Everything you need to know about alopecia or circular hair loss
Alopecia can occur at any stage of life. The main risk factors are heredity, environmental influences, and diseases that directly or indirectly affect hair loss.
What is alopecia?
Alopecia, also known as circular hair loss, is an autoimmune disease that causes hair loss. Hair often falls out in circles and forms bald patches on the scalp.
The body starts attacking its hair follicles, causing hair to fall out. Hair loss varies from person to person, with some people losing only a few hairs and others losing a lot of hair. Sometimes hair grows back, sometimes it doesn't.
There are several types of alopecia, the most common is the main form alopecia areata. Other rarer forms include:
- alopecia areata totalis, which is the loss of all the hair on the head,
- alopecia areata universalis, which means hair loss all over the body,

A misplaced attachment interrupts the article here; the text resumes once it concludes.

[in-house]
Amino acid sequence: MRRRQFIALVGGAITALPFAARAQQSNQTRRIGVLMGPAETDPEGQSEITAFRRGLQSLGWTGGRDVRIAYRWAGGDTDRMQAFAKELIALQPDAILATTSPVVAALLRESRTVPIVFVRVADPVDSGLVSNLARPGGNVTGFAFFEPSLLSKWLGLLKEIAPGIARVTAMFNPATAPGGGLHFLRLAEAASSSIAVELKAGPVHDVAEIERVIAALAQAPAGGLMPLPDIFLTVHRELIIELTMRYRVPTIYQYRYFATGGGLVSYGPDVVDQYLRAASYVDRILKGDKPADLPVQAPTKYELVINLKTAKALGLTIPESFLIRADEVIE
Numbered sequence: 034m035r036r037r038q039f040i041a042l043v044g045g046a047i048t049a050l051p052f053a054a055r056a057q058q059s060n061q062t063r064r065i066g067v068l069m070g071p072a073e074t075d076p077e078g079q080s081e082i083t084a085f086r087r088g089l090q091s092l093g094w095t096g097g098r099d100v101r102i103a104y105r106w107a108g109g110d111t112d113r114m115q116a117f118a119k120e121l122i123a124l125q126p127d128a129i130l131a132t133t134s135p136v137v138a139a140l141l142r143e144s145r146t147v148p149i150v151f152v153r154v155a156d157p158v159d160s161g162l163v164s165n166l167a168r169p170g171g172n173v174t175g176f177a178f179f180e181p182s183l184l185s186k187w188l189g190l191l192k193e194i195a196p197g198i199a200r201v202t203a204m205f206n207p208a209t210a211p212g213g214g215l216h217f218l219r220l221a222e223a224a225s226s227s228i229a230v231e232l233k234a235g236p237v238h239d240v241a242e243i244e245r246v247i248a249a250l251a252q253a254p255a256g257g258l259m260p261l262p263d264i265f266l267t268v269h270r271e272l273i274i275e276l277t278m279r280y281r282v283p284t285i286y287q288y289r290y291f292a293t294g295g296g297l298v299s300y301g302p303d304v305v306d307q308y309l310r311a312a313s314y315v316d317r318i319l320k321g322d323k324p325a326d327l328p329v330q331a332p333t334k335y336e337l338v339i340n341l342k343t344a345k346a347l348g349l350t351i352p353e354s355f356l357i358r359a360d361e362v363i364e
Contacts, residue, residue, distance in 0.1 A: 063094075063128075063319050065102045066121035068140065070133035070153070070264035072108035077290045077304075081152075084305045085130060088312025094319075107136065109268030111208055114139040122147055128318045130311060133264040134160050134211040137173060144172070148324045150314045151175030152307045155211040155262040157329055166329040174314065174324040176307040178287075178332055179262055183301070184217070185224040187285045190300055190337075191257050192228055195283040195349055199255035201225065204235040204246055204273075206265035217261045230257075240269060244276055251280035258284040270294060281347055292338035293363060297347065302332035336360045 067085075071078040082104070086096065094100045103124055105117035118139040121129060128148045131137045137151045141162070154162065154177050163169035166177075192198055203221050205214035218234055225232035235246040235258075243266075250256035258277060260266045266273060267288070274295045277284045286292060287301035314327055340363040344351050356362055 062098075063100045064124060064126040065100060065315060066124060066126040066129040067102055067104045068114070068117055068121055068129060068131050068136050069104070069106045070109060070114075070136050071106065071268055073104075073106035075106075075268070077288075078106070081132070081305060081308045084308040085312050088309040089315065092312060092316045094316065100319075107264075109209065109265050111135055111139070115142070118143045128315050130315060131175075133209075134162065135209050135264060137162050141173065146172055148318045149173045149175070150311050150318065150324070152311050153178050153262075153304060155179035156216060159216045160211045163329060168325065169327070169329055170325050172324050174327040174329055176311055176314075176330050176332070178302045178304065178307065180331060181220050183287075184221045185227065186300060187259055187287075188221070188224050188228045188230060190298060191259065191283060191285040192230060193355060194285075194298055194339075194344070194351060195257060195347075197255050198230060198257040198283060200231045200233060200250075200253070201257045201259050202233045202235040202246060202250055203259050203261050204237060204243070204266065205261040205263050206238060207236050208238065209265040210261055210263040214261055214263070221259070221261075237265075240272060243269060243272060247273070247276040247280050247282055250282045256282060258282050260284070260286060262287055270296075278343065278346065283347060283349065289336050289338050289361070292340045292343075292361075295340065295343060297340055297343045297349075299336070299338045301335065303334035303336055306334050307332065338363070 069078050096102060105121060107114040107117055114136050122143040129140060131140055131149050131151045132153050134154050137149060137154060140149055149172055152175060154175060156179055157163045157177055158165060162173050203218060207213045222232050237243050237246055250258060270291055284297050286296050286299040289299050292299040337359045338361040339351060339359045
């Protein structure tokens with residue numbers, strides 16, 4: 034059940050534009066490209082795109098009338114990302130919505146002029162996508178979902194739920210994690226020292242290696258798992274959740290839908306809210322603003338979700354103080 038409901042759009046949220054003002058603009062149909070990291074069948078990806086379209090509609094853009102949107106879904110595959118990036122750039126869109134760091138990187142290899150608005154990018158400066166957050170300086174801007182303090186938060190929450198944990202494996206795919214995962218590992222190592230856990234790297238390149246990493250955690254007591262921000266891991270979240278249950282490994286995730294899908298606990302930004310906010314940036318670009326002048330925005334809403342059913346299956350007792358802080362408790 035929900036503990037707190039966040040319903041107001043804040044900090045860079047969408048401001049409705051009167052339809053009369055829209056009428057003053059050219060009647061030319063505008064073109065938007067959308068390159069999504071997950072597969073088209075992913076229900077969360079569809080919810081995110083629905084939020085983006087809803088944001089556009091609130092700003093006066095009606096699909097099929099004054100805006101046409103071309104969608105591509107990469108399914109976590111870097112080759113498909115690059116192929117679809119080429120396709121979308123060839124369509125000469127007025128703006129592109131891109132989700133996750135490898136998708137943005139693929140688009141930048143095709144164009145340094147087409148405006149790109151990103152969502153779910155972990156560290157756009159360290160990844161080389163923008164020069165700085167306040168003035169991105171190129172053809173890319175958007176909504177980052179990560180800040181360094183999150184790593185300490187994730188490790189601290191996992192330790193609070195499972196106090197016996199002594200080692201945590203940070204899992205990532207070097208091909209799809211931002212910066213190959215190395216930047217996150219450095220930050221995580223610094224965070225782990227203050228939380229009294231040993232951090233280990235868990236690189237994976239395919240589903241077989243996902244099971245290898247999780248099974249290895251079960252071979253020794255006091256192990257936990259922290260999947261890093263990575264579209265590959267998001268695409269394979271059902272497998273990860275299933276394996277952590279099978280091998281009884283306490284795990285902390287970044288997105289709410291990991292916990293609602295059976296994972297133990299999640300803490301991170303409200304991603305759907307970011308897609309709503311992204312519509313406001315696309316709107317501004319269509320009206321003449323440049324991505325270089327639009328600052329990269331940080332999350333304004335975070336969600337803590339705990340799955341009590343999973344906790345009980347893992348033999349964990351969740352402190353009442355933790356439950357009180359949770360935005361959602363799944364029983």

- diffuse alopecia areata, which is a sudden thinning of hair rather than hair loss,
- and alopecia areata, which causes hair loss in the form of a band at the sides and back of the head.
When does alopecia occur and what are the risk factors?
Alopecia can occur at any time in life. The main risk factors are heredity, environmental influences, and diseases that directly or indirectly affect hair loss. Most forms of alopecia are not predictable and cannot be prevented, as the causes are often unknown.
Male pattern baldness, androgenetic alopecia, is mainly hereditary and occurs slowly and progressively. It also occurs in women, but not in the same form. Serious illnesses and treatments, such as cancer treatment, can cause hair loss by destroying hair follicles.
Certain medications such as anticoagulants, drugs to treat high blood pressure, hormones, and painkillers can cause hair loss. Low iron levels or vitamin H deficiency can also cause hair loss.
Symptoms and signs of alopecia
Hair loss can occur in different ways depending on the cause. It can occur suddenly or gradually and affect the scalp only or the whole body.
Signs and symptoms of hair loss may include:
1. Gradual thinning of the hair on the top of the head